General tech questions

Cleaning covered tuners

1

Last time I had my acoustic (1981 Epiphone flat top) in to the shop, the tech mentioned that the tuners would eventually need a good cleaning. I had noticed that over the years, a few of them had become stiff and hard to turn.

I found this video on the Stew-Mac site, which seems to explain pretty well how to go about it. Couple of questions:

  • I have naptha (lighter fluid). I guess it's all pretty much the same?
  • In the video, he uses Tri-Flow lubricant. Not sure if that's sold here in Canada. Is it like WD-40? Could I use that? I see there are "dry" silicon lubes and "wet". Does it matter?

Anyone have any other advice about tackling this job? Much appreciated.

3

I believe tri flow is a Teflon bike lube here in the states. I like to use a heavy almost grease like white lightning brand lube. A bike product also. I dont know about dry products. Hope that helps

4

Take the tuner off the guitar, with that type of tuner the back cover comes off very easily. With the cover off you'll be able to see how much wear is on the internal threads. Personally I'd dismantle the whole tuner, clean it well and use tiny amount of vaseline on a toothpick to grease the gears, then reassemble. Cheers.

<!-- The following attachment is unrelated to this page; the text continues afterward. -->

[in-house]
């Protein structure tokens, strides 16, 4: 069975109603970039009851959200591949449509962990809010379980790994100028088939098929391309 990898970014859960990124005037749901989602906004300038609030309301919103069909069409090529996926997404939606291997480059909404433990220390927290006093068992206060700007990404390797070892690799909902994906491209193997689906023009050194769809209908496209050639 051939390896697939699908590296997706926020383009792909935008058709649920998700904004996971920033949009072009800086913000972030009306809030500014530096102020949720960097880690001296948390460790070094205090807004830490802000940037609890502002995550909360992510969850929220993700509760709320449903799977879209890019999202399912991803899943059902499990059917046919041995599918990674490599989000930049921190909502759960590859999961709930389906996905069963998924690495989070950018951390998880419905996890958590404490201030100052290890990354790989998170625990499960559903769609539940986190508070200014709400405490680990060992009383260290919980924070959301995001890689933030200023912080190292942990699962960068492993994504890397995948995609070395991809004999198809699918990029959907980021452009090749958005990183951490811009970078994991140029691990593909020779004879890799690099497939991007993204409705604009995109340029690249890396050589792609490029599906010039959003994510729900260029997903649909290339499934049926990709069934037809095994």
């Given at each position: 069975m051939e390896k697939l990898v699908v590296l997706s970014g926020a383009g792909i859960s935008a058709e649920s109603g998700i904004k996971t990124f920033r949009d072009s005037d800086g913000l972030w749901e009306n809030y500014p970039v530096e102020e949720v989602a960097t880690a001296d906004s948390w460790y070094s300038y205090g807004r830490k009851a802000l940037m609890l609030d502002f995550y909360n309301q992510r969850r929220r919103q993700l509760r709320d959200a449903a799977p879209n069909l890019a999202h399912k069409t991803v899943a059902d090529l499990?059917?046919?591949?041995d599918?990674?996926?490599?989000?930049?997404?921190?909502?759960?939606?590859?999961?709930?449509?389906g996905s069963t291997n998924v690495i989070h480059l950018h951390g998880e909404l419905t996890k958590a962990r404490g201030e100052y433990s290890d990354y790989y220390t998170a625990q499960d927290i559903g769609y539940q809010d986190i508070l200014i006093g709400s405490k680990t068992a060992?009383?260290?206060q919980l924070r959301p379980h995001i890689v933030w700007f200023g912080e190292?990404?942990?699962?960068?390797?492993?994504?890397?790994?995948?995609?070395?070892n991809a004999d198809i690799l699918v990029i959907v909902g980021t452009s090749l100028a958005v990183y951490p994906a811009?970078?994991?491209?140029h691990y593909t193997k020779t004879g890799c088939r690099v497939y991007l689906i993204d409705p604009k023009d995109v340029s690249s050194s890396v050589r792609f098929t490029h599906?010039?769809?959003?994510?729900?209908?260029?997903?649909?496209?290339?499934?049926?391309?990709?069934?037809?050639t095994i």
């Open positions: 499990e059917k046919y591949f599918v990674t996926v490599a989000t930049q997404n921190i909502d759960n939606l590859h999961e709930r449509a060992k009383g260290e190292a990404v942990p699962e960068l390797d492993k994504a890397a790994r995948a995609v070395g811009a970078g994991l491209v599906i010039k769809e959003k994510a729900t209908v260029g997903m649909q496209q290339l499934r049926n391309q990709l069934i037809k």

5

Most of the sticking and excessive friction comes over time between the ferrule and the capstan rather than in the gears. Take the tuner off, clean and polish the capstan shaft and cylinder inner walls of the ferrule and prepare to be amazed at the smooth performance.

6

Don't use WD-40. Tri-Flo is a wet silicon lube and it doesn't last. Grease or vaseline will work better. And do ade said.

7

Hell, I run bike shops for a living and even I would try to talk you out of using TriFlow!

8

I use TriFlow a lot working on airplanes, and it does have a place on guitars as well - for lubrication set screws and the like - but I wouldn't use it on tuners myself. The residue tends to attract and retain dust, which would lead to its own problems.

I prefer to use a White Lithium Grease for things like tuners, as a little bit goes a long way and it lasts a very long time.

I think ade had the best idea. I'd sure try that first.

9

I have used synthetic bearing grease to good effect, mostly out of fear that an oil lubricant would spread over time and attract dirt, or worse, would stain the finish around the tuners.

10

Thanks everybody. I'll let you know how it goes.


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